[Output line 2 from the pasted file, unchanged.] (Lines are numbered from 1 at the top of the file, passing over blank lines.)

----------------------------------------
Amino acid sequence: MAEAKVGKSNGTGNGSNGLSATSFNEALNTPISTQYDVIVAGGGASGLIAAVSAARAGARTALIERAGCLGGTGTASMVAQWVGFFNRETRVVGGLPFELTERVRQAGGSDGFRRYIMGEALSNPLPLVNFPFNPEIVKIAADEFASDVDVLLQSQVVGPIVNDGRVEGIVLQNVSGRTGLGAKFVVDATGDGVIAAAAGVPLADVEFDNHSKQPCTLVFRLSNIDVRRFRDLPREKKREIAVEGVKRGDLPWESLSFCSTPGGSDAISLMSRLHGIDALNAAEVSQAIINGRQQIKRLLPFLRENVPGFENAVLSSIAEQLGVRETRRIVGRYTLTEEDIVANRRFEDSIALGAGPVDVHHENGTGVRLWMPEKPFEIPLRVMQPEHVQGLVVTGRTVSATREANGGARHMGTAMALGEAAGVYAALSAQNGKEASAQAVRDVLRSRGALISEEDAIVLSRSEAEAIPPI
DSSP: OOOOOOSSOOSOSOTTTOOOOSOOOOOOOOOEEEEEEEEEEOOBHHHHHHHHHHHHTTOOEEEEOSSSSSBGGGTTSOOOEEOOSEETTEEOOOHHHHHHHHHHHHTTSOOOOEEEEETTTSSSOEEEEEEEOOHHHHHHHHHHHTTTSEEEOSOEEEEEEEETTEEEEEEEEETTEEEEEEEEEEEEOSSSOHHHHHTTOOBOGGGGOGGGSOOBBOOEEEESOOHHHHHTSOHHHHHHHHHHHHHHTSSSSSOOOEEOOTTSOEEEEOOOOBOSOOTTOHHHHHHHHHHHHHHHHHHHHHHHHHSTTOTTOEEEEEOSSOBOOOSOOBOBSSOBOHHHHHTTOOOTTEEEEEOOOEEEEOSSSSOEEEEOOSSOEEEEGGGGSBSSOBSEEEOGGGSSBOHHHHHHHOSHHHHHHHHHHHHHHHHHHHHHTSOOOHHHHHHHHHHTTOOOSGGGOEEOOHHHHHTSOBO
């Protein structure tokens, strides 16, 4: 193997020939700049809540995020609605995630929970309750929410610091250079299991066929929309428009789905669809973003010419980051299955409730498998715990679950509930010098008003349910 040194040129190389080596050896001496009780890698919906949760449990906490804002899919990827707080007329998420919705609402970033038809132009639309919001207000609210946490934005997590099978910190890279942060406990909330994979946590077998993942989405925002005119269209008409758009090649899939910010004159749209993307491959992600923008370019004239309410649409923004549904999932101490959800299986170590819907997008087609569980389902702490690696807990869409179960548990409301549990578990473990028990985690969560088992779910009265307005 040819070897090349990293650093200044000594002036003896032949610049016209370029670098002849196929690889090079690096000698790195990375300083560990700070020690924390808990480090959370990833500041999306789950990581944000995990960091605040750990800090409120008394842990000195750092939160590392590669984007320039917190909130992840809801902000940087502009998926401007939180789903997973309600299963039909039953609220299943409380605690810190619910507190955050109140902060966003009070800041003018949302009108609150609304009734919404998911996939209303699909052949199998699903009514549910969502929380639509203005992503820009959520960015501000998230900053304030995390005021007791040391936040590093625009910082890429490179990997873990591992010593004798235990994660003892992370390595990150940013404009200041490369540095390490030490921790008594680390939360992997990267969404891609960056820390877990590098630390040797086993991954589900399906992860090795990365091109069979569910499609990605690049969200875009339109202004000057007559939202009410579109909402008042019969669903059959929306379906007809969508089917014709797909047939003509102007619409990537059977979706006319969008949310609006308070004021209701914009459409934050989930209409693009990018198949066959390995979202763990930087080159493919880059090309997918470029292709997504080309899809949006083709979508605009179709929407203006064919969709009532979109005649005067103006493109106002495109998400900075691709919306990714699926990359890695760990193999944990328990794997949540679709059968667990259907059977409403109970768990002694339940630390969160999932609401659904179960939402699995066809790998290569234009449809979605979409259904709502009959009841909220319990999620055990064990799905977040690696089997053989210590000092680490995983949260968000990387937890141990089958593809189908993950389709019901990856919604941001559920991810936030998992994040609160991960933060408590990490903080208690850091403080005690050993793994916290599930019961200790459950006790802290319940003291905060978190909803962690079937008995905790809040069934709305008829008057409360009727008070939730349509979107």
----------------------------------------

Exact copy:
DSSP: OOOOOOSSOOSOSOTTTOOOOSOOOOOOOOOEEEEEEEEEEOOBHHHHHHHHHHHHTTOOEEEEOSSSSSBGGGTTSOOOEEOOSEETTEEOOOHHHHHHHHHHHHTTSOOOOEEEEETTTSSSOEEEEEEEOOHHHHHHHHHHHTTTSEEEOSOEEEEEEEETTEEEEEEEEETTEEEEEEEEEEEEOSSSOHHHHHTTOOBOGGGGOGGGSOOBBOOEEEESOOHHHHHTSOHHHHHHHHHHHHHHTSSSSSOOOEEOOTTSOEEEEOOOOBOSOOTTOHHHHHHHHHHHHHHHHHHHHHHHHHSTTOTTOEEEEEOSSOBOOOSOOBOBSSOBOHHHHHTTOOOTTEEEEEOOOEEEEOSSSSOEEEEOOSSOEEEEGGGGSBSSOBSEEEOGGGSSBOHHHHHHHOSHHHHHHHHHHHHHHHHHHHHHTSOOOHHHHHHHHHHTTOOOSGGGOEEOOHHHHHTSOBO